Brady 219 sacks 99 ints - 45% ratio
    Warner 260 sacks 128 ints - 49% ratio
    Romo 99 sacks 55 ints - 55% ratio
    Favre 503 sacks 317 ints - 63% ratio
    Brees 159 sacks 110 ints - 69% ratio
    Manning 215 sacks 181 ints - 84% ratio

    I can't make up my mind which surprises me more Big Ben's efficiency despite his hammering, or Manning's inefficiency despite his clean uniform.

    I think it is also interesting to note that the top 2 positions are both taken by cold weather QBs, while the 2 at the bottom are dome/warm weather ones.

    Just an observation
  17. patsfan-1982

    patsfan-1982 Rookie

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    Roethlisburger, is very good at throwing out of the pocket. and he will hold the ball a lot longer. one of the reasons he has so many sacks.



    brady. and manning. are not going any were they stay in the pocket but they both get the ball out fast. the colts have a very over rated O line that can't realy run block and don't give up many sacks cause of manning. same with brady and the pats


    but when some one is in manning face blitzing he may force the ball and throw a INT brady did a lot of that this year. Roethlisburger, will run around utill some one gets open he will take a sack befor he throws a INT.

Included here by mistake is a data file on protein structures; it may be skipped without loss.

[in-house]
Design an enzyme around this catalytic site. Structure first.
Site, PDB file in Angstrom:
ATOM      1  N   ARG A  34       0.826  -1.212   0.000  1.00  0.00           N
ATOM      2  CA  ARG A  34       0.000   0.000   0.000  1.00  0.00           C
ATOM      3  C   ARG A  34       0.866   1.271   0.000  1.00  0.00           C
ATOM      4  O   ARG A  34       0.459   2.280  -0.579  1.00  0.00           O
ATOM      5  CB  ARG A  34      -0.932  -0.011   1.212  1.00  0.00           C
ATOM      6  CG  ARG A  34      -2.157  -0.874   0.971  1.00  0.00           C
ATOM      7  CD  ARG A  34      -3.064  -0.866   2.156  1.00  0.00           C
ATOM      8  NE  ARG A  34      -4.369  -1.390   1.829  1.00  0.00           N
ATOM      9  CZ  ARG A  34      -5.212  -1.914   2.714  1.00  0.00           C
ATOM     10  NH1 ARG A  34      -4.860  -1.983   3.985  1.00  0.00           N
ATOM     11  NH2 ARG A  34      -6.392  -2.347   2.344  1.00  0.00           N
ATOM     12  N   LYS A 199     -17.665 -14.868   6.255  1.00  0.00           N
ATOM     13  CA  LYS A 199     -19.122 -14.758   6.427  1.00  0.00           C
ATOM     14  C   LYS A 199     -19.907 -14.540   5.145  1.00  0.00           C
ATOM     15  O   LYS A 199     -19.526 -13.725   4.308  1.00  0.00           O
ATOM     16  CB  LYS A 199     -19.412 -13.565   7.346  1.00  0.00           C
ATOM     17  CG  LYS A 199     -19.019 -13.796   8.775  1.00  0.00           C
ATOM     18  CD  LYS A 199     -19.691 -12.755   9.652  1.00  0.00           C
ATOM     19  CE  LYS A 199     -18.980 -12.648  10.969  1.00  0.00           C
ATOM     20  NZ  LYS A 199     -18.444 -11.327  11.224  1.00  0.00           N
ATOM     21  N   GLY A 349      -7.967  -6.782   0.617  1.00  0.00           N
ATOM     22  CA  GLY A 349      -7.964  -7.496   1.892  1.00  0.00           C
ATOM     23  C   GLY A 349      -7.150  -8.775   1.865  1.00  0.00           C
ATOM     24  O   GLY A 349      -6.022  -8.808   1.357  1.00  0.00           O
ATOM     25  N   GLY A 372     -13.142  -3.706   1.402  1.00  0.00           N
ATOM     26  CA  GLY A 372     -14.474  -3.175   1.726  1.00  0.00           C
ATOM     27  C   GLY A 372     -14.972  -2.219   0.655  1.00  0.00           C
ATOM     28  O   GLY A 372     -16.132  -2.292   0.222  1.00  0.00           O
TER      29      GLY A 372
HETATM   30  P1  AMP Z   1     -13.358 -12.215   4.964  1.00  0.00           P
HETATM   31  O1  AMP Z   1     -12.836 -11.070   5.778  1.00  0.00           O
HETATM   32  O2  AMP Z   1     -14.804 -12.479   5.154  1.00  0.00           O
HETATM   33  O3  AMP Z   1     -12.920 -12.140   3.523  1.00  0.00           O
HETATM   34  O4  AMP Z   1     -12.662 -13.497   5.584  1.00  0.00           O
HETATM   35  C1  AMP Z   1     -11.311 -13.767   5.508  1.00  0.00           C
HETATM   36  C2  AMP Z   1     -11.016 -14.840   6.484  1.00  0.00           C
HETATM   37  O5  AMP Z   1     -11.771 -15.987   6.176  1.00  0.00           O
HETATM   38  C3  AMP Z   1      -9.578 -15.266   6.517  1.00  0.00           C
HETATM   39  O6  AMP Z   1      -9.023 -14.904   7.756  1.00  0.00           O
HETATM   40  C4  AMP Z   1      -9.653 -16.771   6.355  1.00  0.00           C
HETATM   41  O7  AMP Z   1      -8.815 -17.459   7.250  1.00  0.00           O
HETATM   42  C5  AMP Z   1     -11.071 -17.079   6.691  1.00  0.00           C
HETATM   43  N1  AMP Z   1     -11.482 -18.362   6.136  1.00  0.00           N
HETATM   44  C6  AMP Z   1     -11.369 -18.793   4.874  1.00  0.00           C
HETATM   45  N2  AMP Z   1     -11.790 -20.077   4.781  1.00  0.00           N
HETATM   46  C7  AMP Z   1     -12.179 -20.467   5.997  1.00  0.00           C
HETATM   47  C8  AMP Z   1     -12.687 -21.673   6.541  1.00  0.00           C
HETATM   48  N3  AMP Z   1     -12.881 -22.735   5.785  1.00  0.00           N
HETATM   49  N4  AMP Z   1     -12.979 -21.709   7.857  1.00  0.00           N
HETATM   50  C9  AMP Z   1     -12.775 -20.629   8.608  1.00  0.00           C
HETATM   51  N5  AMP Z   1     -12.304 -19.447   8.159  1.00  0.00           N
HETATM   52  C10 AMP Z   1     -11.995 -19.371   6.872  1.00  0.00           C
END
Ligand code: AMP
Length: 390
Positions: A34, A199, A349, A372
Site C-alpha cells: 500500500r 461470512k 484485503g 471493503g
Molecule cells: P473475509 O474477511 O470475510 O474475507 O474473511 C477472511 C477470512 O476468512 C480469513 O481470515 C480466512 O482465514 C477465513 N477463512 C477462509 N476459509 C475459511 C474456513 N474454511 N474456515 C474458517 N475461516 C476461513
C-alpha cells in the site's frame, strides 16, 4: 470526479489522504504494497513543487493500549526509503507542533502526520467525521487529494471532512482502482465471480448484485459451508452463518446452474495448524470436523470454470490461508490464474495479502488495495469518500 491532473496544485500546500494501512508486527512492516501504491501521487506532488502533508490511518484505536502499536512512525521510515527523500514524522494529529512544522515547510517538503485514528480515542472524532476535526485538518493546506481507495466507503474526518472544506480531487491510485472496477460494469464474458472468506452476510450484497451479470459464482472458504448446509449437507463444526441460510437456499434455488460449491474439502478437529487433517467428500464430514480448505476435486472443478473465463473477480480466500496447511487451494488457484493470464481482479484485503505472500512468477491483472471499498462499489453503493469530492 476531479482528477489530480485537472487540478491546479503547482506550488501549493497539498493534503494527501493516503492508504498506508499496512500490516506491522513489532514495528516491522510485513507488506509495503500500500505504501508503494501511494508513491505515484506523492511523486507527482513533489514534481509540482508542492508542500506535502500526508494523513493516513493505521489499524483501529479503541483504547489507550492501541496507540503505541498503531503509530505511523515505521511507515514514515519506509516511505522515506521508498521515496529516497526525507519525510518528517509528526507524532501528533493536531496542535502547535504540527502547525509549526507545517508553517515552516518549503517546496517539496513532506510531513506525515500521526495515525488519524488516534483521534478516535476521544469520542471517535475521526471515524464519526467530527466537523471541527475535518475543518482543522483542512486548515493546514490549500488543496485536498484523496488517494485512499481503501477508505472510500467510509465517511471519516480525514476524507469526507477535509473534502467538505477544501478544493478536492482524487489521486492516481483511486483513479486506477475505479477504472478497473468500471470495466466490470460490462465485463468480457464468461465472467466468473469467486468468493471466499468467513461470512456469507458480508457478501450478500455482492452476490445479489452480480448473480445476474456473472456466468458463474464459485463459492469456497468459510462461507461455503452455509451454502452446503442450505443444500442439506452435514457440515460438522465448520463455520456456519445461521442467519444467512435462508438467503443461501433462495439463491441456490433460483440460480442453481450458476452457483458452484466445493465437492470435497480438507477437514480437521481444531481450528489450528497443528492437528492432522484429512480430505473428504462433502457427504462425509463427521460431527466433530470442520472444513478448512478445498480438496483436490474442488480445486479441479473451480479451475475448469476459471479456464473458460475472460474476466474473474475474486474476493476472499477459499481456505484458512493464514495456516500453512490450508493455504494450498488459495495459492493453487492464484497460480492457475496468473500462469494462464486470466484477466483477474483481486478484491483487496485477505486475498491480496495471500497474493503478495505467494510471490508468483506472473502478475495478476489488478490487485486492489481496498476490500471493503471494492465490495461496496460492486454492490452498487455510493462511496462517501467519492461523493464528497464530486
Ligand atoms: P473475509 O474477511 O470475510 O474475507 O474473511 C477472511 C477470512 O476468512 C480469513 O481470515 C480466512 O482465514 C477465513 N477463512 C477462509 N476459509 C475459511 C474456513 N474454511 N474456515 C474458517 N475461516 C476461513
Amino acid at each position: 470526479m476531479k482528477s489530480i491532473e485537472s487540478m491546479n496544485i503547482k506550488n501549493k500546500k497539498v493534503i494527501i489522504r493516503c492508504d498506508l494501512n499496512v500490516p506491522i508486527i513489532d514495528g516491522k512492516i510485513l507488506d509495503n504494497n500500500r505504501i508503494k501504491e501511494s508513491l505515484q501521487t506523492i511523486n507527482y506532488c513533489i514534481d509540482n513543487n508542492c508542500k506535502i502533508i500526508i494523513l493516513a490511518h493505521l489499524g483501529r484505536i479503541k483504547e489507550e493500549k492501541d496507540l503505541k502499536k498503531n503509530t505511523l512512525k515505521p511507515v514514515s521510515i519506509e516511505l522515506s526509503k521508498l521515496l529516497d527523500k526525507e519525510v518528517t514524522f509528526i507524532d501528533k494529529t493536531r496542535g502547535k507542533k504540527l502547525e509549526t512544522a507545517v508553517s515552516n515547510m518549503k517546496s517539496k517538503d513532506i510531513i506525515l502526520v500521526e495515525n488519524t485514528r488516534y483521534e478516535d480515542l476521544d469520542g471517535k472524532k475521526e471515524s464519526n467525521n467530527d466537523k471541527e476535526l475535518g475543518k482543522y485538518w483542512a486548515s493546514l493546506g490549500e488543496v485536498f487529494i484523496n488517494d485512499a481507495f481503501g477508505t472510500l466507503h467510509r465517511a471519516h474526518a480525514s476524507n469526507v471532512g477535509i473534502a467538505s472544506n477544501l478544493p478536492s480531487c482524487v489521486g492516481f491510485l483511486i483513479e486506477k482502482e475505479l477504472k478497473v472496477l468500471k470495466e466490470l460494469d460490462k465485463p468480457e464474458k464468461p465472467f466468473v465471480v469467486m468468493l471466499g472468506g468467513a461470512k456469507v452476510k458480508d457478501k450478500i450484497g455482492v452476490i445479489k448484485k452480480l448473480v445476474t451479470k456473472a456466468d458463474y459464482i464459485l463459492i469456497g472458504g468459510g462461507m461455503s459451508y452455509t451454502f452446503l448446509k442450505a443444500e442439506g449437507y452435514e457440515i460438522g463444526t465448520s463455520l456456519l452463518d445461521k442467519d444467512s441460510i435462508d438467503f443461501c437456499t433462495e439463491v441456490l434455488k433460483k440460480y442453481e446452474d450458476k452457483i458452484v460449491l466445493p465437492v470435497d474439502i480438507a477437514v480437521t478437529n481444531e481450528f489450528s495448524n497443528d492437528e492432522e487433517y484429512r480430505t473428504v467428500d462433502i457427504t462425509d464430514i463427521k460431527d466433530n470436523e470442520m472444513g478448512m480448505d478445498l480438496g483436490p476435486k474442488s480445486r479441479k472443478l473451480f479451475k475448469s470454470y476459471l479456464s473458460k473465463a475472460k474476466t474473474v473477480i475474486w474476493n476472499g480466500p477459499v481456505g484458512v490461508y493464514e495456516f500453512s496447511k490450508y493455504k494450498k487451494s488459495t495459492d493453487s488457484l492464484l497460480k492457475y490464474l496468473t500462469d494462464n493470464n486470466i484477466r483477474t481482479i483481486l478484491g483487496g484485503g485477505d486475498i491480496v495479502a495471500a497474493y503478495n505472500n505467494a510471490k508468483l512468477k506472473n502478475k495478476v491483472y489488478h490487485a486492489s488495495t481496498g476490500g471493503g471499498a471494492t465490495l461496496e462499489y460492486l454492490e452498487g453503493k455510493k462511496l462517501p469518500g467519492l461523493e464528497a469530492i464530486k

Last edited: Feb 14, 2010
  18. mmasterkillah

    mmasterkillah Rookie

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    Defensive stats can be very misleading.

    If you get a lot of 3 and out's you may have less "pretty numbers" than a team who gives up 10 play drives on the regular.

    Rush yards per play and pass yards per play are important. Third down percentages are important. Situational success is important, not necessarily large statistics.
  19. VJCPatriot

    VJCPatriot Rookie

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    I think you also have to account for how many years they've been in the league. Also most QBs tend to throw more INTs early in their career and their TD to INT ratio gets better as they gain experience. Bad OLs that don't give the QB enough time to throw may also cause them to throw more picks. The raw sack count also does not account for pressures and hits delivered that might also contribute to a pick being thrown.

    Manning is not nearly as bad as your ratio would make him out to be, he's been in the league a lot longer than Roethlisberger, and thus has had more opportunities to throw picks. I'd trust more in the TD to INT ratio per season, rather than a raw INT to Sack ratio.
  20. Synovia

    Synovia Rookie

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    No, actually they don't. Football Outsiders did a story about this last year, and the correlation between Hits and Sacks is pretty minimal, as strange as that seems.


    There are a lot of teams that get a ton of hits every year, and not a ton of sacks, and a bunch of teams who either sack the QB, or don't get near him